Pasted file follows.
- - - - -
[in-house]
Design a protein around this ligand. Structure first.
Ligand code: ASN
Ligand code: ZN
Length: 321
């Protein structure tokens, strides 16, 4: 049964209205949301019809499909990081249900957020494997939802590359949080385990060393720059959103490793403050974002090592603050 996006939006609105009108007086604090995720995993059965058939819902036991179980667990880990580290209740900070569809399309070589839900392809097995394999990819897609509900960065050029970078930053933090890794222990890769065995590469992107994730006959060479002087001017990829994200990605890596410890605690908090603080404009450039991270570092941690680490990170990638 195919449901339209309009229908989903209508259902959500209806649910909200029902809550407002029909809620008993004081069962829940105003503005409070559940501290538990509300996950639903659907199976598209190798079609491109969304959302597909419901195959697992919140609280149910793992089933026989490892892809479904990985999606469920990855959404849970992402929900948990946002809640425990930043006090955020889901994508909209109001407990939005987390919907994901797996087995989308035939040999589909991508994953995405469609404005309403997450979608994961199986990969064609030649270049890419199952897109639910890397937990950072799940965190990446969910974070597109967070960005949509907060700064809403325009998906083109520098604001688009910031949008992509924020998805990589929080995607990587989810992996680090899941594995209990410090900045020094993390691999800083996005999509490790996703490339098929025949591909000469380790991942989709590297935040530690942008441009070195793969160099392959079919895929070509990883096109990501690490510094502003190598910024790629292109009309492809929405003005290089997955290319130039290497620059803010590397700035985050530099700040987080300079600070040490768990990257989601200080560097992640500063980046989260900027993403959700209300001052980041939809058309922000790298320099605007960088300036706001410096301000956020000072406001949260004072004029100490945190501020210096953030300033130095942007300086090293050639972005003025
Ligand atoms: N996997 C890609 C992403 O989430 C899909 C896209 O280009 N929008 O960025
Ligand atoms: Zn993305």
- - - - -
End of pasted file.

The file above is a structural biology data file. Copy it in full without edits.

[in-house]
Design a protein around this ligand. Structure first.
Ligand code: ASN
Ligand code: ZN
Length: 321
């Protein structure tokens, strides 16, 4: 049964209205949301019809499909990081249900957020494997939802590359949080385990060393720059959103490793403050974002090592603050 996006939006609105009108007086604090995720995993059965058939819902036991179980667990880990580290209740900070569809399309070589839900392809097995394999990819897609509900960065050029970078930053933090890794222990890769065995590469992107994730006959060479002087001017990829994200990605890596410890605690908090603080404009450039991270570092941690680490990170990638 195919449901339209309009229908989903209508259902959500209806649910909200029902809550407002029909809620008993004081069962829940105003503005409070559940501290538990509300996950639903659907199976598209190798079609491109969304959302597909419901195959697992919140609280149910793992089933026989490892892809479904990985999606469920990855959404849970992402929900948990946002809640425990930043006090955020889901994508909209109001407990939005987390919907994901797996087995989308035939040999589909991508994953995405469609404005309403997450979608994961199986990969064609030649270049890419199952897109639910890397937990950072799940965190990446969910974070597109967070960005949509907060700064809403325009998906083109520098604001688009910031949008992509924020998805990589929080995607990587989810992996680090899941594995209990410090900045020094993390691999800083996005999509490790996703490339098929025949591909000469380790991942989709590297935040530690942008441009070195793969160099392959079919895929070509990883096109990501690490510094502003190598910024790629292109009309492809929405003005290089997955290319130039290497620059803010590397700035985050530099700040987080300079600070040490768990990257989601200080560097992640500063980046989260900027993403959700209300001052980041939809058309922000790298320099605007960088300036706001410096301000956020000072406001949260004072004029100490945190501020210096953030300033130095942007300086090293050639972005003025
Ligand atoms: N996997 C890609 C992403 O989430 C899909 C896209 O280009 N929008 O960025
Ligand atoms: Zn993305």